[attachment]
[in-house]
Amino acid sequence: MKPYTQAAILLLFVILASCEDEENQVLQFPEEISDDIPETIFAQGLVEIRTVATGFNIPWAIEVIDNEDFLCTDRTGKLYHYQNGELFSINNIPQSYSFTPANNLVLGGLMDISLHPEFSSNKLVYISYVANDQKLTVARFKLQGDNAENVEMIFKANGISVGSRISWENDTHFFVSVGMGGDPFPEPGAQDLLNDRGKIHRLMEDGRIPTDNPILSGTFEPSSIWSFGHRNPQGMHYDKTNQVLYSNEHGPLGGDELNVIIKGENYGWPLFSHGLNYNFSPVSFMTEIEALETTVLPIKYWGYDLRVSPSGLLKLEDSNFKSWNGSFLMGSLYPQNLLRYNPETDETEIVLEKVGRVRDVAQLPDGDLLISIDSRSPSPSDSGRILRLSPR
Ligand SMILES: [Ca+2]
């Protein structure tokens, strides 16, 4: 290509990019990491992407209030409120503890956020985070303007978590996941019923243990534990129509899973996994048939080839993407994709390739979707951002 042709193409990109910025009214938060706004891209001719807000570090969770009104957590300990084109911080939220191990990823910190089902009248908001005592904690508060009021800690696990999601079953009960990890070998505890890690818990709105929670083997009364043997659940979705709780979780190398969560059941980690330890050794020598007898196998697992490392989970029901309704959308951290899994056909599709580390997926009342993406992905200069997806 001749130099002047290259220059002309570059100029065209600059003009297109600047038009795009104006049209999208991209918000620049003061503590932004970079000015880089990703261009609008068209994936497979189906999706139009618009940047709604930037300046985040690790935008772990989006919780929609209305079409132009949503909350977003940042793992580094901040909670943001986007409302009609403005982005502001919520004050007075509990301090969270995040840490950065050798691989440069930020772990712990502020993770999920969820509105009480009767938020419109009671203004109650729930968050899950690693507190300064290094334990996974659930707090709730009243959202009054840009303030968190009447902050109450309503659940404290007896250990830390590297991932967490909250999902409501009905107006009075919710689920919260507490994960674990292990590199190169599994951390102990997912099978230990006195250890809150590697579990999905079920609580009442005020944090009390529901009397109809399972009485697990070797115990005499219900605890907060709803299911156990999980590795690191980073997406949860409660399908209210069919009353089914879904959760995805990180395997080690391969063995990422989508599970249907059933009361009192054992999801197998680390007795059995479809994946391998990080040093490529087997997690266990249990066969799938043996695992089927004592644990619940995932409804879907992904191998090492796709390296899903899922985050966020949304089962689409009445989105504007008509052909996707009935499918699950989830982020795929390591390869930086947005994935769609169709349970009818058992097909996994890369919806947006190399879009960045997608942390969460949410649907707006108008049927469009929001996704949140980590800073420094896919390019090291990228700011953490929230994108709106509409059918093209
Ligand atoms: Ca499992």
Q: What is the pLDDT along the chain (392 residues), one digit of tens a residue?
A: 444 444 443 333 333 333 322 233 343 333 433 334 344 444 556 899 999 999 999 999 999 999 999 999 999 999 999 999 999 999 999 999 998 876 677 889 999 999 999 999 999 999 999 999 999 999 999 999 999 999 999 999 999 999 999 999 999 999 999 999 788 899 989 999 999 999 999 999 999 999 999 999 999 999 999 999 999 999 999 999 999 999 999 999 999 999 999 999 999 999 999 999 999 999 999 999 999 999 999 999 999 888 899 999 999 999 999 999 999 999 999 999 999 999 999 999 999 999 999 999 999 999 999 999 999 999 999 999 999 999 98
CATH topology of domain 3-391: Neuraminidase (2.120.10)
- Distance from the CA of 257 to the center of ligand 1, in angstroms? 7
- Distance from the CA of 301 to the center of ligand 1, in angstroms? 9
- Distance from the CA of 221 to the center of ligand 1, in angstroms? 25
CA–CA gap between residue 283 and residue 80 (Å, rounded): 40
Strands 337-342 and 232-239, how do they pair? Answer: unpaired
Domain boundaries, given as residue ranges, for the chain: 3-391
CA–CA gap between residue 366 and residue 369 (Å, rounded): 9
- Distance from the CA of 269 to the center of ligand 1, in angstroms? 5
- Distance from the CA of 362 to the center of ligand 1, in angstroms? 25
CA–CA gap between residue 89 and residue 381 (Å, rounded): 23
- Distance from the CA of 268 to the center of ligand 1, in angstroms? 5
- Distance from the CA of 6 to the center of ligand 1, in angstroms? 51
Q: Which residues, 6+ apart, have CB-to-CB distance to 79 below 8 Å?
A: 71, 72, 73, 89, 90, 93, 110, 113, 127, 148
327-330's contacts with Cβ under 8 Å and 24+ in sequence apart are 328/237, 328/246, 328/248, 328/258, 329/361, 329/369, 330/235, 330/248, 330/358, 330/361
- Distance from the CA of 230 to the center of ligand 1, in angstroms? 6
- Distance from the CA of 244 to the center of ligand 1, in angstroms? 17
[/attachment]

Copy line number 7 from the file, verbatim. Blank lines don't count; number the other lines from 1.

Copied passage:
A: 444 444 443 333 333 333 322 233 343 333 433 334 344 444 556 899 999 999 999 999 999 999 999 999 999 999 999 999 999 999 999 999 998 876 677 889 999 999 999 999 999 999 999 999 999 999 999 999 999 999 999 999 999 999 999 999 999 999 999 999 788 899 989 999 999 999 999 999 999 999 999 999 999 999 999 999 999 999 999 999 999 999 999 999 999 999 999 999 999 999 999 999 999 999 999 999 999 999 999 999 999 888 899 999 999 999 999 999 999 999 999 999 999 999 999 999 999 999 999 999 999 999 999 999 999 999 999 999 999 999 98